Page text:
Lesson 35

Overview of the Recording Process

Here we have a basic recording setup. There’s the computer, with recording software, I’m using Logic Pro. Here’s the interface with a couple of microphones plugged in. Theres a keyboard, connected with a USB cable to record midi, an electronic drum kit which we are recording the line output, an electric guitar plugged in di, and a bass guitar, also plugged in di.
Unless you really know what you are doing, drums need to be recorded first. That will set the foundation of the tempo for all the other parts of the song to follow. 
Recording drums first though presents a problem... what will the drummer play along to?
To answer that question, you need to decide if you are recording the band live, or recording each part individually. You need a well equipped studio to record live, where the drummer would be playing along with the entire band. In this case, you would have the drums recorded, as well as the rest of the band playing which would serve as a ghost track. Then you would re- record all the other parts separately.
If you are like most budget studios, and can’t accommodate a live recording, you will need to first do a rough recording to a click track to serve as a ghost track. This ghost track does not need to be high quality, it simply needs to function as a baseline to start layering the tracks to. It does not need to have all the parts, just the main instrumentals and maybe vocals too, with a prominent click track. This ghost track is what gets played in the drummers headphone mix when you record the drum parts. Once the drums are recorded, I recommend recording the bass next. This builds the rhythm foundation that the rest of the song will be recorded to. Next will be your main instruments, such as guitars and keys. I like to do vocals last.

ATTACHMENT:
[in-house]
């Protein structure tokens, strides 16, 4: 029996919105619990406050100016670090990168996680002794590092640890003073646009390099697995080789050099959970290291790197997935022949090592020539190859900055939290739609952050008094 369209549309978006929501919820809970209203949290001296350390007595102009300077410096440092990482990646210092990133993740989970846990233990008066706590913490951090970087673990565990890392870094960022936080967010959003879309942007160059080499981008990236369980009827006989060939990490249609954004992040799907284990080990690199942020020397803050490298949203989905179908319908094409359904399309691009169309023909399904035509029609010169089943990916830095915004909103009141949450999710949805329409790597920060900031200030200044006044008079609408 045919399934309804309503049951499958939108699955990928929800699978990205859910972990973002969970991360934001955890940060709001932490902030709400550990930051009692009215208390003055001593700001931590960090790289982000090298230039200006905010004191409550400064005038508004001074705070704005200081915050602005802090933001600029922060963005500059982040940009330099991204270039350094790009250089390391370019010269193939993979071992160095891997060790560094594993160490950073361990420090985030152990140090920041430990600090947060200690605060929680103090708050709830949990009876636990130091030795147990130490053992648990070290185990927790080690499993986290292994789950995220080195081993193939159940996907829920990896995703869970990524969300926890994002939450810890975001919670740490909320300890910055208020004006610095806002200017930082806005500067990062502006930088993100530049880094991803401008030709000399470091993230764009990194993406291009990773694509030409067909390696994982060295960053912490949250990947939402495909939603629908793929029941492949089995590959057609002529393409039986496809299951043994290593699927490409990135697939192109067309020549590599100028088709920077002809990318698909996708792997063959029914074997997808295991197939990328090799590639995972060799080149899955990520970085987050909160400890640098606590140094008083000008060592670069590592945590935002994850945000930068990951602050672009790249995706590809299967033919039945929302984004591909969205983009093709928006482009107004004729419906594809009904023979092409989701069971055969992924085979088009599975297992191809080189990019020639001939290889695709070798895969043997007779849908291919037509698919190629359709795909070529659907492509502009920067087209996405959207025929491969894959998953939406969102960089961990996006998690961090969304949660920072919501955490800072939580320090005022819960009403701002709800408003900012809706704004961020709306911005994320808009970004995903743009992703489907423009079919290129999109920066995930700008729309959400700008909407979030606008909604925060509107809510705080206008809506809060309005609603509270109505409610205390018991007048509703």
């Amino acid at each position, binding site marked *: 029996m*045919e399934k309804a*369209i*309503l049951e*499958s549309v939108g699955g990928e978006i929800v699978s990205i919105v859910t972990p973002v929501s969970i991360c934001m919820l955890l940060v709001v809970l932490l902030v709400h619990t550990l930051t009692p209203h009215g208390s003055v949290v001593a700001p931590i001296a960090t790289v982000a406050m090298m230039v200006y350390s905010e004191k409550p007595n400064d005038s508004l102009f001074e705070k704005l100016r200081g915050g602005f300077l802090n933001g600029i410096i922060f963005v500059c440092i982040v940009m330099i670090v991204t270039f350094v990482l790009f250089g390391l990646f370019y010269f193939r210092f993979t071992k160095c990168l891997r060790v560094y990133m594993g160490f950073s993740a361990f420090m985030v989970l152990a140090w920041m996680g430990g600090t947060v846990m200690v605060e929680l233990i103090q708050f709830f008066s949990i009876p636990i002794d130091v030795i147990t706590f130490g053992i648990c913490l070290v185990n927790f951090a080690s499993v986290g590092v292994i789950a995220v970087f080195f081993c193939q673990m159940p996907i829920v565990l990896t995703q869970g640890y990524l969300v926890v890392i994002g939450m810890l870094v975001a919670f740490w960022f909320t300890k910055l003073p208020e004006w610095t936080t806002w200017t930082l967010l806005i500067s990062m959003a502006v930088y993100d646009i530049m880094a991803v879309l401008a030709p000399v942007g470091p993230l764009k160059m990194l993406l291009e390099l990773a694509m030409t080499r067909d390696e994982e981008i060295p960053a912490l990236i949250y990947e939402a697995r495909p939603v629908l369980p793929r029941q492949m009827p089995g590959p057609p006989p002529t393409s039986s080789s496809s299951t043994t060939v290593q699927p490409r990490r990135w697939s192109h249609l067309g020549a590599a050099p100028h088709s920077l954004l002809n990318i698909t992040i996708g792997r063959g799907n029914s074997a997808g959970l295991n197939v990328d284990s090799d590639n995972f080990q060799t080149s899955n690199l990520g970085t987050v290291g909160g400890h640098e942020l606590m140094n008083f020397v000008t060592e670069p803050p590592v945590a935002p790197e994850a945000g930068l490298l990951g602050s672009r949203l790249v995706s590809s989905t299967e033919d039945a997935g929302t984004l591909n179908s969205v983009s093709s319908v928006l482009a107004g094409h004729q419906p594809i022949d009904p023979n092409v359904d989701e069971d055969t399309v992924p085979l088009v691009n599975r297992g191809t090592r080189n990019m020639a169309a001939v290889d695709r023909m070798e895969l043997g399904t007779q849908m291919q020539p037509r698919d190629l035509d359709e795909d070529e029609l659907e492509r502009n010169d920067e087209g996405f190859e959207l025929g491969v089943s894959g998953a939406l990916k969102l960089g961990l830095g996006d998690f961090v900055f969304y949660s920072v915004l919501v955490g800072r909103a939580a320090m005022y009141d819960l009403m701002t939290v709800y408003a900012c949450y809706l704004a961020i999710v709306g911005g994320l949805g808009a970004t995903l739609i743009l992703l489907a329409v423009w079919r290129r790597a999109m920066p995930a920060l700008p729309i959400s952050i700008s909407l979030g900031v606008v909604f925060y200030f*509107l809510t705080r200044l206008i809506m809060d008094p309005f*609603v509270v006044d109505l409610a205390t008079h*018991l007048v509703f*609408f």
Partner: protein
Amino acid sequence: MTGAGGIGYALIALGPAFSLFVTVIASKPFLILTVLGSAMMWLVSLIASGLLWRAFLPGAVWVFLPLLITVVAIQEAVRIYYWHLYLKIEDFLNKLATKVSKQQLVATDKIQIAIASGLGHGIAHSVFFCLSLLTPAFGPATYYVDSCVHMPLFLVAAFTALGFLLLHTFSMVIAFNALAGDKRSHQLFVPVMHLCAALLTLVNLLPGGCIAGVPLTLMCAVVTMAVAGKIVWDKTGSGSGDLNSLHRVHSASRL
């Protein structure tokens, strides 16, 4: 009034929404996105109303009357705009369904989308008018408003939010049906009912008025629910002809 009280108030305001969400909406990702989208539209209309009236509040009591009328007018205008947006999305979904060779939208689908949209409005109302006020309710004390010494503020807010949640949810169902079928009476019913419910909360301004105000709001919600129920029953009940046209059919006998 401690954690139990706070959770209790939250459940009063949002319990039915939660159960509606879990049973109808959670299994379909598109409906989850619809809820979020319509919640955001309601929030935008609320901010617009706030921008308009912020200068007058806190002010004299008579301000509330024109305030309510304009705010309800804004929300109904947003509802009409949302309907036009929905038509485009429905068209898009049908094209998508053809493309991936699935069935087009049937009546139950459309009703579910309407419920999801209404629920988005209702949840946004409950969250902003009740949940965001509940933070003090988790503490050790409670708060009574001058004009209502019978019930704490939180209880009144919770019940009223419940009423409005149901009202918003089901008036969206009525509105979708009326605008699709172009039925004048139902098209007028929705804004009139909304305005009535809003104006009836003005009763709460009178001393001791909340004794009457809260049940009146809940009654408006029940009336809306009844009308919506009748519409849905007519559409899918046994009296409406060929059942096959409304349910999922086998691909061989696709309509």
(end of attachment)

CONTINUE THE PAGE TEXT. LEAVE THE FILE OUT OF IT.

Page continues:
Recording with microphones is quite simple. Sound is just vibrations of the air. Pretty much any type of microphone will capture pretty much any type of sound. But the goal isn’t just to record the sound, it’s to record the sound as cleanly and as authentic as possible. This is where it becomes an art, knowing the advantages and disadvantages of the different types of microphones, polar patterns and intricacies of microphone placement. 

Within the recording process, there is also the option of adding midi parts and sound effects for extra production.

Once all the parts are recorded onto individual tracks, the next step is the mixing. Mixing is a skill that can make or break a song. Even an amateur recording can be brought to life with really good mixing, and a great recording can be ruined with poor mixing. ISK Pro Audio offers offers affordable and high quality mixing services, so I recommend you give it a try to hear for yourself if mixing is something that you could improve on.

Once the mixing is complete, the final stage Is mastering. Mastering is both simple, and complicated at the same time. It’s simple, because there’s not much to it. you’re basically taking the finished song, and making final adjustments such as eq, compression, and reverb on it. You would also set the start and end times of the song. So it’s simple in that regard, but where it gets complicated is getting the settings just right. You want the song to sound good at all volume levels, and on any stereo system. Making perfect adjustments is very difficult. You need high quality, and very accurate speakers, a proper acoustic space, and experience to know how it should sound.